June 7, 2013
SPRINGFIELD, Mo., June 7, 2013 — For the thirteenth year in a row, a Drury class is partnering with The Kitchen, Inc. to create and inspire art with residents of the Missouri Hotel. The class is called Building Community through the Arts and its goal is to provide those living in the Missouri Hotel an artistic outlet over the course of two weeks, with a final exhibition on Friday, June 14 from 1-3:30 p.m. at Drury on C-Street located at 233 E. Commercial St.
This year, for the first time, the Drury class is also working with young people from the Rare Breed Youth Outreach Center. Rare Breed works with homeless and high-risk people between the ages of 13 and 20. “The young people from Rare Breed are so close in age to us that we get a perspective about how well we have it and we’re actually considered their peers,” said Philip Dozier, a fourth year accounting major. “We can impact their lives and let them know that they have a lot of opportunities left and they can seek out those opportunities.”
This year, the theme is: Community as masterpiece: The art of the fresh start. “Drury promotes engaged learning from a liberal arts perspective and this class synthesizes talent, insights and social concerns,” said Dr. Rebecca Burrell, the instructor for Building Community Through the Arts. “It gives us the opportunity to work together as a community studio. These Drury students are artists in working with the youth and residents through our various arts interests: music, art, poetry and dance.”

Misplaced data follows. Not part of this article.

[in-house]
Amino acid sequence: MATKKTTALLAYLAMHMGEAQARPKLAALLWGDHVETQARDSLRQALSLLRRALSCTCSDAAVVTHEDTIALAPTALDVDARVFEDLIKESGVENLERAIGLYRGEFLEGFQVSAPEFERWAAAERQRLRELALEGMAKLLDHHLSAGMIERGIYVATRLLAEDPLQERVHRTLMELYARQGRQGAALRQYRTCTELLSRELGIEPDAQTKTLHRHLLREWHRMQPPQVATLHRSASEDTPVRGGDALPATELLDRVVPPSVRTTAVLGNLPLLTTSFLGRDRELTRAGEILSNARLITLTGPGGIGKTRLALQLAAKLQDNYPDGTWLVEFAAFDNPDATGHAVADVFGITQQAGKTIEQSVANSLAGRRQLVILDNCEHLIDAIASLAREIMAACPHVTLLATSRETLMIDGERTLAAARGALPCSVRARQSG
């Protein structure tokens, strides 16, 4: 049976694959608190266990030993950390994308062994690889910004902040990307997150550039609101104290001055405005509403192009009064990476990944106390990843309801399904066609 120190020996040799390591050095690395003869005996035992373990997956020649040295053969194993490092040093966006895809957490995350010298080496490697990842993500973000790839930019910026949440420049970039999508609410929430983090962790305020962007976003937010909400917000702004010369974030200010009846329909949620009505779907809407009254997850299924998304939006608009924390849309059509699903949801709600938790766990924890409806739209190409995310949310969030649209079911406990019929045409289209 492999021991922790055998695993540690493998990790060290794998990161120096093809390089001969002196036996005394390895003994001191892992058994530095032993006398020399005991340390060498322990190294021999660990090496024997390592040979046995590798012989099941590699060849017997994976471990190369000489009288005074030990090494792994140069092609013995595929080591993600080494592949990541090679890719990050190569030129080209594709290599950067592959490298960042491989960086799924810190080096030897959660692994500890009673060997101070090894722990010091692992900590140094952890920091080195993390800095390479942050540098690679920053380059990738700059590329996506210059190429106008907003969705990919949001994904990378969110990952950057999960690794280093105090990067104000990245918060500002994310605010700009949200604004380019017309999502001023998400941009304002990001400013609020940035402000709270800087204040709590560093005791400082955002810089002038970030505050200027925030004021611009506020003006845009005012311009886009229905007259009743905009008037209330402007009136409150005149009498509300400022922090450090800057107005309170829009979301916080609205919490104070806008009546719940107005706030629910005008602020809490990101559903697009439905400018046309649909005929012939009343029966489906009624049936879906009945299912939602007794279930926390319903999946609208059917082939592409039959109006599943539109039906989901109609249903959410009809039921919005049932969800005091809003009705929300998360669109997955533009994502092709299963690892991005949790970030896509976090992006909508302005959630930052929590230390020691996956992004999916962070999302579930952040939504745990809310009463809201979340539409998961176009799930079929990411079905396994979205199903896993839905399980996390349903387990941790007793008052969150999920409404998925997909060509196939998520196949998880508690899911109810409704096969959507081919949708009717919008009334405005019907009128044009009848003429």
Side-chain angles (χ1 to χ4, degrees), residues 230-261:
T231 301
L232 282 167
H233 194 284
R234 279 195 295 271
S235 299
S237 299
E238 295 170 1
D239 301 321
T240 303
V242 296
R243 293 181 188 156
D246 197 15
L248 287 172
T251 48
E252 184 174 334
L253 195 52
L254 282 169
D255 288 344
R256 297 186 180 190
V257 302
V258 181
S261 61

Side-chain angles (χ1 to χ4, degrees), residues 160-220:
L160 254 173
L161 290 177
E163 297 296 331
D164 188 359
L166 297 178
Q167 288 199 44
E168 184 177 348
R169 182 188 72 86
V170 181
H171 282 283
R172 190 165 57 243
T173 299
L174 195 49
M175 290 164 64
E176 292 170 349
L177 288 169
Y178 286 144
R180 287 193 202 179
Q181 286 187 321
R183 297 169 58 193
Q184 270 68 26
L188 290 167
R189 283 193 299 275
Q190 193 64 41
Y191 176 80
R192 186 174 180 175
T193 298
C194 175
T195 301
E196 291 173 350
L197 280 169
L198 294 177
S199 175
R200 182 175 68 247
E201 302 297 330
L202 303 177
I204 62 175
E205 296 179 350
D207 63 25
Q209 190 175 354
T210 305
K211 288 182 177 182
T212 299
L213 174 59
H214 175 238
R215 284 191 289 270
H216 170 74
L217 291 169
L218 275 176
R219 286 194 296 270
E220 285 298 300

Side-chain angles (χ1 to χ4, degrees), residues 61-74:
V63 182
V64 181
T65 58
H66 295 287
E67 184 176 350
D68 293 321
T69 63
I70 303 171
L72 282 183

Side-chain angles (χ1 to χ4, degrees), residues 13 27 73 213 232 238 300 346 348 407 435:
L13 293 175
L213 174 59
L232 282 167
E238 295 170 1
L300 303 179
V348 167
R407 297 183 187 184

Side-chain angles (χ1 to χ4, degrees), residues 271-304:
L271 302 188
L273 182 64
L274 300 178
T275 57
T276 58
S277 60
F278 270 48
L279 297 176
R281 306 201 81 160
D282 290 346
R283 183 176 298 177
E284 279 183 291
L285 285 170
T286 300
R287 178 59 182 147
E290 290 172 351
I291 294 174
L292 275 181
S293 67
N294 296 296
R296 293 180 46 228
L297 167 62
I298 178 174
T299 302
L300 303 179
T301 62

Building Community Through the Arts, typically a graduate level course is also available to undergraduate students majoring or minoring in Arts Administration or Entrepreneurship. The class is designed to offer students an approach to creativity in everyday living and learning, while giving students the opportunity to make a difference within the Drury neighborhood by introducing those experiencing poverty to visual arts, music and literature. Students explore poverty through the text A Framework for Understanding Poverty by Ruby K. Payne.
“For the people we work with, the class is about motivation and inspiration,” said Tarynn Gritzner, a senior arts administration and theatre major. “Everyone can do some type of art. Hopefully, that will lead to some self-awareness.”
Also this year, the class has dedicated the exhibition to Sister Lorraine Biebel, who founded The Kitchen, Inc. in 1983.
The exhibition of the work is free and open to the public from 1-3:30 p.m. on Friday, June 14 at Drury on C-Street. The artwork will be on display at Drury on C-Street through the end of June.
Media Contact: Rebecca Burrell, Ed.D., Drury adjunct professor of education, Office: (417) 873-7349, E-mail: email@example.com
Chelsea Mulkey, Student Media Relations Chair, Mobile: (417) 872-9682, Email: firstname.lastname@example.org